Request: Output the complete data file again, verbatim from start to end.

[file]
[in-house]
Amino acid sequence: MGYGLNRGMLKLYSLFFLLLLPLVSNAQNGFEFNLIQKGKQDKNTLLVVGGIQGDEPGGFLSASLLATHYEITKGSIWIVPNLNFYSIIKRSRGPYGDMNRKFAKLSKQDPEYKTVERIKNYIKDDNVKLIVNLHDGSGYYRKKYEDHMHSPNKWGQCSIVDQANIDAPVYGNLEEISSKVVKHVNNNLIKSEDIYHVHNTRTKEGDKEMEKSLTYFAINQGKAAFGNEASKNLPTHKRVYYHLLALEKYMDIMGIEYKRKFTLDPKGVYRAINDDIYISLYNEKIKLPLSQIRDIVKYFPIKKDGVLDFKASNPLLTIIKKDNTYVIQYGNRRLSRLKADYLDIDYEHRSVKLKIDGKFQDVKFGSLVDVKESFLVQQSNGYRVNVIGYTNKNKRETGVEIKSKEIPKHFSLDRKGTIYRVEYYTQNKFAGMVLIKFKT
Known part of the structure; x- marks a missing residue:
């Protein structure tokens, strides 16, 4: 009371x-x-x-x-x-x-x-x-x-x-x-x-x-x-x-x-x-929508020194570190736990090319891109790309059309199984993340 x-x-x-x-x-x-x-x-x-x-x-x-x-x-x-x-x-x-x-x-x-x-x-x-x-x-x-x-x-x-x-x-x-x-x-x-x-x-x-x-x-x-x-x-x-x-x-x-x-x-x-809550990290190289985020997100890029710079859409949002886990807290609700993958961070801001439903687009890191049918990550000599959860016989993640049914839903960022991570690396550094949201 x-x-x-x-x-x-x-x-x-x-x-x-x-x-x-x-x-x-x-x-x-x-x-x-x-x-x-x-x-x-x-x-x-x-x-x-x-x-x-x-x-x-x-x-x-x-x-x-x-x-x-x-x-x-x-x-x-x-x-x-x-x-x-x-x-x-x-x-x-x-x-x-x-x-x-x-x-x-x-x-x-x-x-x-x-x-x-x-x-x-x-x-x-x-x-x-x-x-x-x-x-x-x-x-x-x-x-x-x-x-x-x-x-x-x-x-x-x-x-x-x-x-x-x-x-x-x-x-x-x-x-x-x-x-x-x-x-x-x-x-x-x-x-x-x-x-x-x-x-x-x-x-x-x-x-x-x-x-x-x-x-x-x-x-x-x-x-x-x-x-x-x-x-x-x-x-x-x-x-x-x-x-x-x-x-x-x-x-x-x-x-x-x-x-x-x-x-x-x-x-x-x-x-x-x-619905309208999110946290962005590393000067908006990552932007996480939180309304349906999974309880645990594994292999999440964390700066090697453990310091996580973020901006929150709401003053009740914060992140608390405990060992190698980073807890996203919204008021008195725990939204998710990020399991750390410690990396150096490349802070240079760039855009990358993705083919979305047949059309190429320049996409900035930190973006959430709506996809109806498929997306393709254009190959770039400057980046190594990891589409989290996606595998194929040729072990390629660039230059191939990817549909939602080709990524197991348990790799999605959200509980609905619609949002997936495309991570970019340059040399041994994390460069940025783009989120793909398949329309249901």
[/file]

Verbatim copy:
[in-house]
Amino acid sequence: MGYGLNRGMLKLYSLFFLLLLPLVSNAQNGFEFNLIQKGKQDKNTLLVVGGIQGDEPGGFLSASLLATHYEITKGSIWIVPNLNFYSIIKRSRGPYGDMNRKFAKLSKQDPEYKTVERIKNYIKDDNVKLIVNLHDGSGYYRKKYEDHMHSPNKWGQCSIVDQANIDAPVYGNLEEISSKVVKHVNNNLIKSEDIYHVHNTRTKEGDKEMEKSLTYFAINQGKAAFGNEASKNLPTHKRVYYHLLALEKYMDIMGIEYKRKFTLDPKGVYRAINDDIYISLYNEKIKLPLSQIRDIVKYFPIKKDGVLDFKASNPLLTIIKKDNTYVIQYGNRRLSRLKADYLDIDYEHRSVKLKIDGKFQDVKFGSLVDVKESFLVQQSNGYRVNVIGYTNKNKRETGVEIKSKEIPKHFSLDRKGTIYRVEYYTQNKFAGMVLIKFKT
Known part of the structure; x- marks a missing residue:
């Protein structure tokens, strides 16, 4: 009371x-x-x-x-x-x-x-x-x-x-x-x-x-x-x-x-x-929508020194570190736990090319891109790309059309199984993340 x-x-x-x-x-x-x-x-x-x-x-x-x-x-x-x-x-x-x-x-x-x-x-x-x-x-x-x-x-x-x-x-x-x-x-x-x-x-x-x-x-x-x-x-x-x-x-x-x-x-x-809550990290190289985020997100890029710079859409949002886990807290609700993958961070801001439903687009890191049918990550000599959860016989993640049914839903960022991570690396550094949201 x-x-x-x-x-x-x-x-x-x-x-x-x-x-x-x-x-x-x-x-x-x-x-x-x-x-x-x-x-x-x-x-x-x-x-x-x-x-x-x-x-x-x-x-x-x-x-x-x-x-x-x-x-x-x-x-x-x-x-x-x-x-x-x-x-x-x-x-x-x-x-x-x-x-x-x-x-x-x-x-x-x-x-x-x-x-x-x-x-x-x-x-x-x-x-x-x-x-x-x-x-x-x-x-x-x-x-x-x-x-x-x-x-x-x-x-x-x-x-x-x-x-x-x-x-x-x-x-x-x-x-x-x-x-x-x-x-x-x-x-x-x-x-x-x-x-x-x-x-x-x-x-x-x-x-x-x-x-x-x-x-x-x-x-x-x-x-x-x-x-x-x-x-x-x-x-x-x-x-x-x-x-x-x-x-x-x-x-x-x-x-x-x-x-x-x-x-x-x-x-x-x-x-x-x-619905309208999110946290962005590393000067908006990552932007996480939180309304349906999974309880645990594994292999999440964390700066090697453990310091996580973020901006929150709401003053009740914060992140608390405990060992190698980073807890996203919204008021008195725990939204998710990020399991750390410690990396150096490349802070240079760039855009990358993705083919979305047949059309190429320049996409900035930190973006959430709506996809109806498929997306393709254009190959770039400057980046190594990891589409989290996606595998194929040729072990390629660039230059191939990817549909939602080709990524197991348990790799999605959200509980609905619609949002997936495309991570970019340059040399041994994390460069940025783009989120793909398949329309249901």